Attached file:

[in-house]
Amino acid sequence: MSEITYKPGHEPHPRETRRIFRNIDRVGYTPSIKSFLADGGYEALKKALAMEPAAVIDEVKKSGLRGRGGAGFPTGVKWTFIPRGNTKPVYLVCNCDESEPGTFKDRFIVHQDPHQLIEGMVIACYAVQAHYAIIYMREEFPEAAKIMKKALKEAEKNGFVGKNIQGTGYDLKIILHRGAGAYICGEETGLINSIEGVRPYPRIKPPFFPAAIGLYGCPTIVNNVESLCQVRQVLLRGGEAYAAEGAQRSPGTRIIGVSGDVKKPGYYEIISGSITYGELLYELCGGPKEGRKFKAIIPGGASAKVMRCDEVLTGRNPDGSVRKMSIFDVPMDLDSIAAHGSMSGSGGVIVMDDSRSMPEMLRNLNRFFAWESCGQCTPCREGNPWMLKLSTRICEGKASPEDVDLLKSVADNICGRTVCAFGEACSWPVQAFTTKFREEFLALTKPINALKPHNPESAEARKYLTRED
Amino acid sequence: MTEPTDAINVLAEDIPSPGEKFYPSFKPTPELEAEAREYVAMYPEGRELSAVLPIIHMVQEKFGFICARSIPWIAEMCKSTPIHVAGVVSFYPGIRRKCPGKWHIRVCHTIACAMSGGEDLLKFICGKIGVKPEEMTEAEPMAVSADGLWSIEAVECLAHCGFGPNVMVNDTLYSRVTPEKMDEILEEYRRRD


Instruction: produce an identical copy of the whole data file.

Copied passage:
[in-house]
Amino acid sequence: MSEITYKPGHEPHPRETRRIFRNIDRVGYTPSIKSFLADGGYEALKKALAMEPAAVIDEVKKSGLRGRGGAGFPTGVKWTFIPRGNTKPVYLVCNCDESEPGTFKDRFIVHQDPHQLIEGMVIACYAVQAHYAIIYMREEFPEAAKIMKKALKEAEKNGFVGKNIQGTGYDLKIILHRGAGAYICGEETGLINSIEGVRPYPRIKPPFFPAAIGLYGCPTIVNNVESLCQVRQVLLRGGEAYAAEGAQRSPGTRIIGVSGDVKKPGYYEIISGSITYGELLYELCGGPKEGRKFKAIIPGGASAKVMRCDEVLTGRNPDGSVRKMSIFDVPMDLDSIAAHGSMSGSGGVIVMDDSRSMPEMLRNLNRFFAWESCGQCTPCREGNPWMLKLSTRICEGKASPEDVDLLKSVADNICGRTVCAFGEACSWPVQAFTTKFREEFLALTKPINALKPHNPESAEARKYLTRED
Amino acid sequence: MTEPTDAINVLAEDIPSPGEKFYPSFKPTPELEAEAREYVAMYPEGRELSAVLPIIHMVQEKFGFICARSIPWIAEMCKSTPIHVAGVVSFYPGIRRKCPGKWHIRVCHTIACAMSGGEDLLKFICGKIGVKPEEMTEAEPMAVSADGLWSIEAVECLAHCGFGPNVMVNDTLYSRVTPEKMDEILEEYRRRD